Tool helps Del. farmers talk to pesticide sprayers

Question of the Day

Should Congress make English the official language of the U.S.?

View results

GEORGETOWN, Del. (AP) - This March a nationally used tool to enhance communication between pesticide sprayers and farmers with sensitive crops became available to farmers in Delaware.

When pesticide is sprayed, in the air or on the ground, wind and weather factors can cause the spray to move off target, which is known as drifting. The new tool, DriftWatch, will allow farmers to mark their sensitive fields on an online map so sprayers can better identify which areas to use caution around.

So far, the only field to sign up in Sussex County is at the University of Delaware’s Carvel Research and Education Center outside Georgetown. Both organic farmers and farmers with sensitive crops, such as tomatoes or grapes, will benefit from the program, said Mark VanGessel, extension weed specialist. What will keep bugs off corn may injure or kill another crop, he said.

“It’s not unique to organic,” VanGessel said.

He used the tool to register one of the center’s organic fields and to better understand the system so he can educate nearby farmers.

“I thought it was a pretty simple website to use,” VanGessel said. “It brings up a map, and you zero in on a particular field, use whatever designation you want to use for it and hit send.”

The program is for commercially used land larger than a half acre. The system was created by Purdue University staff members and is run by a Purdue-created nonprofit.

Jeff Chorman of Allen Chorman and Son Inc., has done aerial spraying in the area since 1997. Any tool the company can use to stay aware of sensitive crops in its spraying area will be helpful, he said.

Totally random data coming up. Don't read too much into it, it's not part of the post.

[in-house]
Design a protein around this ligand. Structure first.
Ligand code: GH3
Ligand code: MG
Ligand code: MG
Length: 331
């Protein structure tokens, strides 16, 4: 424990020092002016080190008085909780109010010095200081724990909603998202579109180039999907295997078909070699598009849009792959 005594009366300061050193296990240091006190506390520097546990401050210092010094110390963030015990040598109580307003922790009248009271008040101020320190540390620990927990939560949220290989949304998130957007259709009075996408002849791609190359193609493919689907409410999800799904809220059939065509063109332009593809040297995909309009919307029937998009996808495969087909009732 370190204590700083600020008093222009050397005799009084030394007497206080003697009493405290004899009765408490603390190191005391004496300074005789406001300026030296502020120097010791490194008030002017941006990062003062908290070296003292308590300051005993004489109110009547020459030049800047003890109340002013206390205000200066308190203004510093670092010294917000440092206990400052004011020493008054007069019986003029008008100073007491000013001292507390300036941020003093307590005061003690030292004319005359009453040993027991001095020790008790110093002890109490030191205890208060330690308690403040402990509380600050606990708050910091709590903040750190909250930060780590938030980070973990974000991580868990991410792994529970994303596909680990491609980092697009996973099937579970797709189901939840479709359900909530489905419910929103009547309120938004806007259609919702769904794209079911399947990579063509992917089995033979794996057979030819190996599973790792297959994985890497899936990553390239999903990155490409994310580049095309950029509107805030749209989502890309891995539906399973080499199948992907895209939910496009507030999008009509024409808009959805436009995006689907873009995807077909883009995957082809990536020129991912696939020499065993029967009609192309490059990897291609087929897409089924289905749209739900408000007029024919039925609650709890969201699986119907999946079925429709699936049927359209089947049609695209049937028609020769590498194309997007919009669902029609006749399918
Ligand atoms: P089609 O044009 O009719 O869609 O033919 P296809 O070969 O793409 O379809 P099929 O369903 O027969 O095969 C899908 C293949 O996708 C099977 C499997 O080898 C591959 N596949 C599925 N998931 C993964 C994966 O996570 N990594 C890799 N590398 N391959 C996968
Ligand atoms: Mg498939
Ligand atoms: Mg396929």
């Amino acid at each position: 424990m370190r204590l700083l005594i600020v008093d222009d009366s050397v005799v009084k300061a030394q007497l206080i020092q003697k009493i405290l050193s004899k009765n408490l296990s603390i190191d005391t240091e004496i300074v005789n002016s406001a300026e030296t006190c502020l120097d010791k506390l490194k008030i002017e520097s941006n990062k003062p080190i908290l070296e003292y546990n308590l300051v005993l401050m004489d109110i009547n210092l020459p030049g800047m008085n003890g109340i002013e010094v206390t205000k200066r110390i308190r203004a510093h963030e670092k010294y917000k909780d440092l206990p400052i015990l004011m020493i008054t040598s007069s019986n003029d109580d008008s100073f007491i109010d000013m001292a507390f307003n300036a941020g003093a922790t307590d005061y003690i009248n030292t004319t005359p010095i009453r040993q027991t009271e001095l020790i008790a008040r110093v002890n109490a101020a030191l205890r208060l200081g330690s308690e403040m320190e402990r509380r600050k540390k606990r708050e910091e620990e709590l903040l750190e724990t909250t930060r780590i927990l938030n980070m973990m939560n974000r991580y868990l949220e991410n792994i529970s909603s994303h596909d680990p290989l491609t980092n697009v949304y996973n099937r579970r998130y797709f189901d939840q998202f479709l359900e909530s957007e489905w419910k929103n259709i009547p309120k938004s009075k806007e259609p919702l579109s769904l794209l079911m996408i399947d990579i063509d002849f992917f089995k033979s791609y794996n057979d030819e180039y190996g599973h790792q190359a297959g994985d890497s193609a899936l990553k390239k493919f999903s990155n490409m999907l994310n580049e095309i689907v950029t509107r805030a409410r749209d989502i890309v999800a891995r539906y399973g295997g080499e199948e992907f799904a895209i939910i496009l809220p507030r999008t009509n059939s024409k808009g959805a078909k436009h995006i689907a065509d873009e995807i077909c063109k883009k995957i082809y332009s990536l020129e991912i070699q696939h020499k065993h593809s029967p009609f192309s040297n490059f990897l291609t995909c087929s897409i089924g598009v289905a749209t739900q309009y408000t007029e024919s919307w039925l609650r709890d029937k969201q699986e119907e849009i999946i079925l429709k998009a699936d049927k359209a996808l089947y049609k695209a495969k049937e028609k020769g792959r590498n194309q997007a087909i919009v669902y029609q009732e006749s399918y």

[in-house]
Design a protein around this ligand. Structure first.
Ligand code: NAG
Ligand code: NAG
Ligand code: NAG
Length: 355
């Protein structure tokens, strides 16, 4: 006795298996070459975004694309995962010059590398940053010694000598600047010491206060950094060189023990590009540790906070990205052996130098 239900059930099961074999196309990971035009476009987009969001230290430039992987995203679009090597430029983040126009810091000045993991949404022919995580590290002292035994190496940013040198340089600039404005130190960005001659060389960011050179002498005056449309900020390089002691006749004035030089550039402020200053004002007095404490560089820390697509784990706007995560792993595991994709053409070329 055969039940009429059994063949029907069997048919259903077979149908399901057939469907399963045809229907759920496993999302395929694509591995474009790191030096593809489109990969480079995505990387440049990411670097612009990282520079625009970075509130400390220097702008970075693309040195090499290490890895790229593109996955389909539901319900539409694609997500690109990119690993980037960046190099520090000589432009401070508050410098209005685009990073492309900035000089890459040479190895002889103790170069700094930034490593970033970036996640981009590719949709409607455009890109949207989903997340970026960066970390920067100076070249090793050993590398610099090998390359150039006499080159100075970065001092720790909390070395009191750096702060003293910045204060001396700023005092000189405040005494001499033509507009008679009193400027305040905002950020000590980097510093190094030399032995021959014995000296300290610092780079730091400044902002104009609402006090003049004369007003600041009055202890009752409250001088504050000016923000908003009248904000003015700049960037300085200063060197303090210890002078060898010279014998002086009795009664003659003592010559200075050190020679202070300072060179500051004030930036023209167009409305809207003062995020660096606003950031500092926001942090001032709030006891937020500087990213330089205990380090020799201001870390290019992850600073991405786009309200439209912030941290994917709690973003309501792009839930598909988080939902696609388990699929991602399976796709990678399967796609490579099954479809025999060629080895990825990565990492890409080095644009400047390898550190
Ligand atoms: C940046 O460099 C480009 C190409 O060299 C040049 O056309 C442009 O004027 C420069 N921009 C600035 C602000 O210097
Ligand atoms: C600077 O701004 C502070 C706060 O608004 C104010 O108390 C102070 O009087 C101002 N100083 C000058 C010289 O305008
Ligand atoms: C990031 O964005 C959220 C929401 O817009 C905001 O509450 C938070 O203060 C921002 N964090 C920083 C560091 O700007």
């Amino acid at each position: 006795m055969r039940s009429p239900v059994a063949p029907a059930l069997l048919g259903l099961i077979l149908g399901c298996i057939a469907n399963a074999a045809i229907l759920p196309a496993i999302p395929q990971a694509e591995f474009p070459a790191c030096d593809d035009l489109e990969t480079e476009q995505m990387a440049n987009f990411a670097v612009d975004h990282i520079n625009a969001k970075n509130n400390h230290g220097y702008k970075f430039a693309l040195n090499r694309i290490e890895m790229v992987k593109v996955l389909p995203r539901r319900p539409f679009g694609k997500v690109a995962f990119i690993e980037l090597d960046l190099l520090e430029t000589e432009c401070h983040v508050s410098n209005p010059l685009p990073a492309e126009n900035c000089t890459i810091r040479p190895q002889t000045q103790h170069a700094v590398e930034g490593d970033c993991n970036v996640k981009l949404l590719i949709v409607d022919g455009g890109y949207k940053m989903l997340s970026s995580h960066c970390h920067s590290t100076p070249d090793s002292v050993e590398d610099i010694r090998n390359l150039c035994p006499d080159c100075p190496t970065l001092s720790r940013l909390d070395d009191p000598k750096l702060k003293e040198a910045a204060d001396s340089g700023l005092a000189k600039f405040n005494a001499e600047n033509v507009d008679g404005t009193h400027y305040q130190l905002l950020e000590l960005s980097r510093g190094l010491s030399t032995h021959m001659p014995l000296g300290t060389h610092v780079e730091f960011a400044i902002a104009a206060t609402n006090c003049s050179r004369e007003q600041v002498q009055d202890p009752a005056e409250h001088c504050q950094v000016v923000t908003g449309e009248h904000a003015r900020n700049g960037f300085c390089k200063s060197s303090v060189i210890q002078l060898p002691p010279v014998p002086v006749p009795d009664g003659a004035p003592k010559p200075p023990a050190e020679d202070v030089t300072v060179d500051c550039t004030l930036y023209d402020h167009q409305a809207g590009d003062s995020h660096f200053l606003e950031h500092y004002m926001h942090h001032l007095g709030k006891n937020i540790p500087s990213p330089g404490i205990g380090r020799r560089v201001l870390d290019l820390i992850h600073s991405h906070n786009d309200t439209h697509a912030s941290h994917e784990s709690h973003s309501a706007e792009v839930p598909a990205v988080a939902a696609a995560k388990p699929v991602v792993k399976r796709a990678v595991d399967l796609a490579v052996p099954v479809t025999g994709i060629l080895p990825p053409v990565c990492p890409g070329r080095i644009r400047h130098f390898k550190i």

“Right now, if nobody tells us, we don’t know,” he said. “If we can do something to make other people happy, I’ll absolutely use it. Now, will other people use it? They should if they’re professional applicators.”

The company already takes some precautions to prevent drift, Chorman said.

The company doesn’t spray when the wind is blowing more than 10 mph. It also doesn’t spray when there is “temperature inversion,” when a layer of heat is trapped under a layer of cold air, which you might see on a foggy morning.

Chorman’s 12 spraying planes are equipped with systems that release smoke to indicate to the pilot how a spray might move. The company also uses an anti-drift agent in its pesticides, making the spray’s droplets larger and heavier, increasing the odds it will fall on target.

___

Online: https://driftwatch.org/

___

Story Continues →

View Entire Story

Copyright 2014 The Associated Press. All rights reserved. This material may not be published, broadcast, rewritten or redistributed.

Comments
blog comments powered by Disqus
TWT Video Picks